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What happens today if Johnny Cash ‘shot a man in California just to ‘watch him die’?
Dennis Wyatt 2022
Dennis Wyatt

Crime and punishment is an archaic concept.

Johnny Cash would be singing the blues if he were alive today.

He sang about being stuck in Folsom Prison.

That was after he shot a man in Reno just to watch him die.

As a side note, you can’t kill a man in Reno, be convicted, and serve time in Folsom.

You commit a crime in Nevada and are convicted, you end up in the Silver State pen in Carson City and not in a joint in California.

But I digress, well sort of.

Cash was an artist.

He is entitled to poetic license.

But is the same true of politicians?

The California prison reform movement is in overdrive.

The mantra for the past decade or so, especially in California, has been crime and rehabilitation.

It is a concept that makes sense.

But it is how it is being executed.

As well as how far it goes.

Gavin Newsom is right — to a degree.

And so was Jerry Brown — to a degree.

The “system” wasn’t really good about reforming and rehabilitating.

Recidivism was off the charts.

Reforms have reduced the rate somewhat.

But the problem is the folks at the point of the reform movement want to cross the Rubicon.

In essence, they want to deep-six the concept of punishment.

The banner they are carrying is crime and rehabilitation, period.

Consider where we are today.

Newsom has closed two prisons.

The legislative analyst’s office has recommended closing five more prisons.

The goal is to save money.

There are 15,000 empty beds in the state prison system.

There were 120,000 inmates in the state system in 2019.

Today there are 95,000.

The number was 165,000 in 2006.

The inmate count has dropped 20 percent in five years.

It is down 45 percent in 18 years.

That’s good, right?

Think about it for a second.

Newsom isn’t jumping up and down wanting to close more than two additional prisons.

He’s already closed Deuel Vocational Institute in Tracy and Susanville.

Blythe and California City are set to have the plug pulled by March 2025.

Yet, his fellow Democrats are jumping on the bandwagon provided by the legislative analyst’s office.

So why isn’t Newsom?

You don’t get to be governor without being a bit calculating.

Newsom has just over 2.5 years left as governor.

Given he isn’t up for re-election and there’s a super majority of his party in the California Legislature, Newsom could do almost anything he wants?

Not if he wants to get elected president in 2028.

If prison reform gets too far ahead of him, Newsom could have political baggage that wouldn’t play well with moderate Democrats in Peoria, let alone those who are in California and act as the only check and balance against the most outlandish legislative proposals floated by the progressive wing.

The best thing for everyone is to take a deep breath.

Assess the situation.

Does Proposition 46 need tweaking?

Or, here’s a real big possibility: Is the reform movement going to overshoot the runway and be accused of exactly what their critics said they were going to do which is hand out the equivalent of get out of jail free cards to any inmate that has a heartbeat?

Newsom is not a stupid man.

Closing prisons is not reform.

As much as it might pain his critics to concede it, his plan to remake San Quentin into a model of incarceration that reflects the Scandinavian “way” with more emphasis on job training, substance abuse programs, mental health programs and more robust scenic classes might break the prisons-make-criminals-more harden mold.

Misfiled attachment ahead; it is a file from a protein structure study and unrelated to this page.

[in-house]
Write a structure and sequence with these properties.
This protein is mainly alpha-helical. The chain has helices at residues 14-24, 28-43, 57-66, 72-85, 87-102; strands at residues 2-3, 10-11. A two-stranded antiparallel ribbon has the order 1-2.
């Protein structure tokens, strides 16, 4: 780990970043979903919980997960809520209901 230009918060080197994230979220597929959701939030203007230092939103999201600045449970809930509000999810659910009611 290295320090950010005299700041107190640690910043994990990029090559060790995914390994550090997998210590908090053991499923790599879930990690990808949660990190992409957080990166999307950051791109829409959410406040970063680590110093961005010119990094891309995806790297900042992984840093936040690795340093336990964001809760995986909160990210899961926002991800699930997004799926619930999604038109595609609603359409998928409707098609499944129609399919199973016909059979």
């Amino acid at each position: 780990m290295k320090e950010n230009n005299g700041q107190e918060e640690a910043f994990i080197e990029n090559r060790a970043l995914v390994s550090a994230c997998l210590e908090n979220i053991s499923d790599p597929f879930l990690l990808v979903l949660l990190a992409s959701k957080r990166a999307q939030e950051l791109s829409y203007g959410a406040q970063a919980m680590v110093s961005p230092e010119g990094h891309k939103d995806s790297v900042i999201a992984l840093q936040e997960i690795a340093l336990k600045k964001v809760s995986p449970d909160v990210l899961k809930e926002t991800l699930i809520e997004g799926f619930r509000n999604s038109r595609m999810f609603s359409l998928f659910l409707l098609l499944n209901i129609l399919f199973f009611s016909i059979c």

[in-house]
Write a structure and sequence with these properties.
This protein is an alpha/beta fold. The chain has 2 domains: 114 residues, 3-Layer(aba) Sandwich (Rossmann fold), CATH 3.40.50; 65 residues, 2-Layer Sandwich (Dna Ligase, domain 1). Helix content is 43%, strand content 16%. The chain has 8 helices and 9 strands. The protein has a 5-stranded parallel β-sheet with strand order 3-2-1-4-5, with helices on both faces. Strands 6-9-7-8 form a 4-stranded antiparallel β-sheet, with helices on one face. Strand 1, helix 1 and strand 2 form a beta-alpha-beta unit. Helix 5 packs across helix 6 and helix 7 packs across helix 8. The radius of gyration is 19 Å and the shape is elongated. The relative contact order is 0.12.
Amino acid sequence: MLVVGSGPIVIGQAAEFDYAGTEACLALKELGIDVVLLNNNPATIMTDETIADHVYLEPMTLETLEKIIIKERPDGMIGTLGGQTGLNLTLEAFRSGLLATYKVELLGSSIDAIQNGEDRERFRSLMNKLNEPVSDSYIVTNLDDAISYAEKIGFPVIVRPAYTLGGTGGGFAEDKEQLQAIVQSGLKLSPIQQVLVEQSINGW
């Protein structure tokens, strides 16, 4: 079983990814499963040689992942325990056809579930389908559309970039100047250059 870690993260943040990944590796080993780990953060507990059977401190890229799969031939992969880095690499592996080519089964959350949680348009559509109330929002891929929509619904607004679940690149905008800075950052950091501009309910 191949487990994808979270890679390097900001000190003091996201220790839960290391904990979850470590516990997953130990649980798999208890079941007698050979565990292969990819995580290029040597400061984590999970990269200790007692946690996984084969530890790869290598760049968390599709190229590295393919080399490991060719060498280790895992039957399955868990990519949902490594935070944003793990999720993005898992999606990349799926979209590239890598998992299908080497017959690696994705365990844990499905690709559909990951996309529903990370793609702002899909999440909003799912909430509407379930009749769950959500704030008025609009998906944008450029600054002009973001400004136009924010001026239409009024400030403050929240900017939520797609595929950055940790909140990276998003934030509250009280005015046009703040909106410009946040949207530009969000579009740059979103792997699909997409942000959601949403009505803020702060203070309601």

Do not misunderstand.

No one in their right mind should even believe such an approach would work with all, or even the majority of, felons.

But simply closing prisons without trying a somewhat different approach is simply going from one extreme to another.

And there still has to be real punishment for heinous crimes.

Real punishment is long sentences that reflect proportionately to the act committed.

Which brings us to the powder keg issue: The death penalty.

Newsom vowed never to have an execution on his watch.

The governor has already transferred 174 death row inmates at San Quentin to high security prisons.

By the end of this year, all 644 inmates condemned to death will have been transferred to one of two dozen high security prisons within the system and housed with the general population.

The move did not modify the condemned murders’ sentences or convictions.

The move in itself will reduce the cost of housing a “death row” inmate in almost half.

Circle back to the effort to morph crime and punishment into crime and rehabilitation.

The most adamant want time behind bars to be either the absolute last resort or to never happen — in most cases.

The problem with that approach is it also comes with the caveat that the perpetrator has some mitigating circumstances that excuses them to varying degrees be less responsible for the crime they committed.

Johnny Cash would think that was wacko.

The world isn’t black and white.

But that is exactly the card the most adamant reformers are playing.

And it is the same card they accused the crime and punishment advocates of playing.

Clearly, killing someone for the sport of it calls for punishment.

We don’t try to rehab rabid dogs that kill.

And while there may not be consensus for the death penalty based on concerns like Newsom and others have about how it is applied, someone convicted of multiple first degree murders or murder with added things like torture, should be locked up forever.

There is no need to rehab them for re-entry into society.

They should die in prison.

That is the best possible outcome they could ever hope to have.

The punishment fits the crime.

As for what Cash might think, his song said it all about after saying he shot a man in Reno just to watch him die.

Cash had it right.

“Well, I know I had it coming, I know I can’t be free.”